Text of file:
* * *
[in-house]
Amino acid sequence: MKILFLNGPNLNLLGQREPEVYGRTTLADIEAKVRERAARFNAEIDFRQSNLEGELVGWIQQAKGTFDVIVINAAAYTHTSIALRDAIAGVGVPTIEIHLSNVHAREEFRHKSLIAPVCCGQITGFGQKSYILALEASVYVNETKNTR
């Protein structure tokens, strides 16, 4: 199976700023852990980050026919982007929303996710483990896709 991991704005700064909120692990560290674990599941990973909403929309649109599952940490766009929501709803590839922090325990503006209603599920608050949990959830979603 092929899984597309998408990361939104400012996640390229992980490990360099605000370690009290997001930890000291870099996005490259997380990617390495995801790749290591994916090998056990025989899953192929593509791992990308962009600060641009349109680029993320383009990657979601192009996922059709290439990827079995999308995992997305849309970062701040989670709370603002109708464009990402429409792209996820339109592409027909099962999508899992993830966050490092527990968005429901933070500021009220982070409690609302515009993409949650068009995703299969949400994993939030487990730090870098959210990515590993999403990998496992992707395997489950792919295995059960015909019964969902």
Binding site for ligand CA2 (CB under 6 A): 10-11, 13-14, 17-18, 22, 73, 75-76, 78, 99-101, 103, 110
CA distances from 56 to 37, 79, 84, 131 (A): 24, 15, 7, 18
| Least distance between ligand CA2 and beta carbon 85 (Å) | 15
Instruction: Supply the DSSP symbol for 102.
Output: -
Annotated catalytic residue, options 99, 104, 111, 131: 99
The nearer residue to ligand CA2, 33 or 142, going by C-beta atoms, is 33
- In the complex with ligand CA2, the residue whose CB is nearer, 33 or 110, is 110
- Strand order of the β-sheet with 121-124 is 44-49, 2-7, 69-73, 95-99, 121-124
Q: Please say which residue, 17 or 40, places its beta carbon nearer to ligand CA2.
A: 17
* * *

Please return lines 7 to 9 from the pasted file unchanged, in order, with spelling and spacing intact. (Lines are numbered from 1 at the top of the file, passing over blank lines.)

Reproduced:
Instruction: Supply the DSSP symbol for 102.
Output: -
Annotated catalytic residue, options 99, 104, 111, 131: 99